What’s Next For Denver B-cycle?

March 15, 2017
Photo: Denver Bike Paths, B Cycle, REI, Confluence Park (HV)
Denver B Cycle bikes parked outside REI in Confluence Park in Denver, Sunday, Oct. 4, 2015.

Denver’s B-cycle bike sharing program hit a bit of a road bump in 2016, when it attracted fewer riders for the second straight year.

The program’s latest annual report, released last week, also shows it operated with a deficit. But B-cycle Executive Director Nick Bohnenkamp says neither fact is a problem.

"We don't see it as a negative thing to run a deficit,” Bohnenkamp told CPR’s Mike Lamp. “We just can't run a deficit in too many years.”

The shortfall was the result, in part, of B-cycle’s decision to pay cash for a new station at downtown Denver’s Union Station. The bike hubs are usually bankrolled by grants or developers, Bohnenkamp said. B-cycle hopes the new station, in addition to another one nearby, will help drive up revenue and ridership down the road.

Those prospective gains haven’t come to fruition just yet. Total trips slipped by more than 8,000 compared to 2015, and are down some 22,500 since the peak year of 2014.Chart: B-cycle trips

Bohnenkamp put a positive spin on the modest decline, saying ridership was in the same range as previous years. He also pointed to variables like the weather and tourist events.

 B-cycle By The Numbers  

The report said systems that have about 28 stations per square mile see higher usage. Denver B-cycle had just five stations per square mile in 2014, the report said, and its bikes had one of the lowest usage rates.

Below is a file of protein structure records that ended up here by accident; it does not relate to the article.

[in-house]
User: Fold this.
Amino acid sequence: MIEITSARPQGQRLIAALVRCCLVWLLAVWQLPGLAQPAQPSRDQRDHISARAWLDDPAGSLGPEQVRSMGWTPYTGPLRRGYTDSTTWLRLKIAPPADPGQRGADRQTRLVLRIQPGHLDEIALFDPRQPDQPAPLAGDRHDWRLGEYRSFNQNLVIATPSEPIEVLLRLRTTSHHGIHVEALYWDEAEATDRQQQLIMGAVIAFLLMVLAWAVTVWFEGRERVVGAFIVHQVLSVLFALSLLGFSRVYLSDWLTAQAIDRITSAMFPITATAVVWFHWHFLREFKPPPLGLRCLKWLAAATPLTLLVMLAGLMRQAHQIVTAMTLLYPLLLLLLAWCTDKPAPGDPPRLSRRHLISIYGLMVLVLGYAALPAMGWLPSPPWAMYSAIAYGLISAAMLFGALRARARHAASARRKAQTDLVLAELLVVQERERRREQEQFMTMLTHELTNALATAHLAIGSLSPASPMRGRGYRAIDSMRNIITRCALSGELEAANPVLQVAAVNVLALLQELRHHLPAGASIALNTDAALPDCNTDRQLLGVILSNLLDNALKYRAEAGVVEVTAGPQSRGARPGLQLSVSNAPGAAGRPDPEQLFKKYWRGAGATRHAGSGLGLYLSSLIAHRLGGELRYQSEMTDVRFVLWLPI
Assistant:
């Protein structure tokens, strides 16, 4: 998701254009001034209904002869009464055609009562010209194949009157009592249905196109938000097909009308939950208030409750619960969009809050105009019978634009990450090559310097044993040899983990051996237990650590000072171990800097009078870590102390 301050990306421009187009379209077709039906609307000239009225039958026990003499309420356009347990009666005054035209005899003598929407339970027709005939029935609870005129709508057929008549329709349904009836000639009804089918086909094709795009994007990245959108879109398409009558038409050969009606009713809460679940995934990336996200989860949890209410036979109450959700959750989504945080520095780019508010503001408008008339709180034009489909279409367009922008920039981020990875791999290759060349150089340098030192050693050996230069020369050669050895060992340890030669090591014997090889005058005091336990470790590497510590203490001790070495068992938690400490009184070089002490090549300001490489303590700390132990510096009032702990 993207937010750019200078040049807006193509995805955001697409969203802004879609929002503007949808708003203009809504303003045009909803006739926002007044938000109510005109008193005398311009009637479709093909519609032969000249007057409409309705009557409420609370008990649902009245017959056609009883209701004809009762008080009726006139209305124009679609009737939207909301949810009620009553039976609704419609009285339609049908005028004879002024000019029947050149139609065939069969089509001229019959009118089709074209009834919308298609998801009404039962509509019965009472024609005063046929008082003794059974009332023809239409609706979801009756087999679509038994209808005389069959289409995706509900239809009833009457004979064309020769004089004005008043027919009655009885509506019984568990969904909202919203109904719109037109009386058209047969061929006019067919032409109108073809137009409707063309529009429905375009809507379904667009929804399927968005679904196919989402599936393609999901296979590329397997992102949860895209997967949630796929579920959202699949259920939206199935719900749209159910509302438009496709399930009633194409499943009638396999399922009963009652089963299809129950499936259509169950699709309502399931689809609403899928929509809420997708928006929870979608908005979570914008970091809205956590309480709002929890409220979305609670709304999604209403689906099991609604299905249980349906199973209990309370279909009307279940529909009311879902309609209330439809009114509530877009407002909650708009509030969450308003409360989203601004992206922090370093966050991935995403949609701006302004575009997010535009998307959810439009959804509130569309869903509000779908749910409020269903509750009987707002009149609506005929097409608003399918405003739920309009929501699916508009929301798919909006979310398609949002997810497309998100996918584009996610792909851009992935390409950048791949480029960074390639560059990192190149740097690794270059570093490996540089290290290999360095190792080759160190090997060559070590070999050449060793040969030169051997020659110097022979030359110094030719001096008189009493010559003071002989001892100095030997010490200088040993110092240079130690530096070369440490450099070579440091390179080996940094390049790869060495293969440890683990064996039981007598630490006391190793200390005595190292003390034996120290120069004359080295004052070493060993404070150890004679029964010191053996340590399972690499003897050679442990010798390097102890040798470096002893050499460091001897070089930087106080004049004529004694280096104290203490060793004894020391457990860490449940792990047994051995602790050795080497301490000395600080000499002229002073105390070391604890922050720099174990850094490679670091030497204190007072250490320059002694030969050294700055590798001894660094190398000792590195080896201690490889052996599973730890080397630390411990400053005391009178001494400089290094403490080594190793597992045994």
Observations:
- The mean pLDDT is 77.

Bohnenkamp would like to expand service, both in density and geography, but the organization doesn’t have the funding to do that in a major way. Funding primarily comes from user fees, grants and corporate sponsorships.

A new station runs about $60,000 and each bicycle costs about $1,100, Bohnenkamp said. Last year’s revenues came to about $1.7 million against about $2 million in expenses.

The city isn’t likely to fund a major geographic expansion anytime soon either, despite indicating an interest last year. That's in part because basic bicycling infrastructure like lanes and bridges are needed first -- especially in southwest Denver, represented by City Councilor Jolon Clark.

“If it's not safe to get on a bicycle, then having access to the B-cycle is not as valuable," Clark said.

Clark, who chairs Denver’s transportation and mobility task force, said the council’s other main concern is equity. Now, B-cycle stations are mostly located in more affluent and dense parts of the city. Expanding it to low-income, low-density places like southwest Denver would require a sizable investment first, Clark said.

"We need those connections. Once those connections are there, then yeah, we want B-cycle."

Strengthening Member Base

In lieu of a geographic expansion, Bohnenkamp said he’s focused the organization on appealing to more potential riders. Most users fall into two camps: tourists who use a bike once or twice, and regular commuters who shell out $95 yearly or $15 every month.

A new flex pass, priced at $15 a year plus $3 per half-hour, is aimed at locals who might balk at the high up-front cost. Sales have been slow so far, with only about 800 sold.

"Not awful. But like anything, we're going to grow that market,” he said. "I think that as more and more people become aware of that product offering, we'll see more sales."

Bohnenkamp said they’ll continue to make tweaks to membership options. He added that B-cycle has firmly established itself as an important part of Denver’s transit ecosystem — so much so that it needs to replace 300 bicycles, some of which have been in use since the program launched in 2010.

CPR's Mike Lamp contributed to this report.

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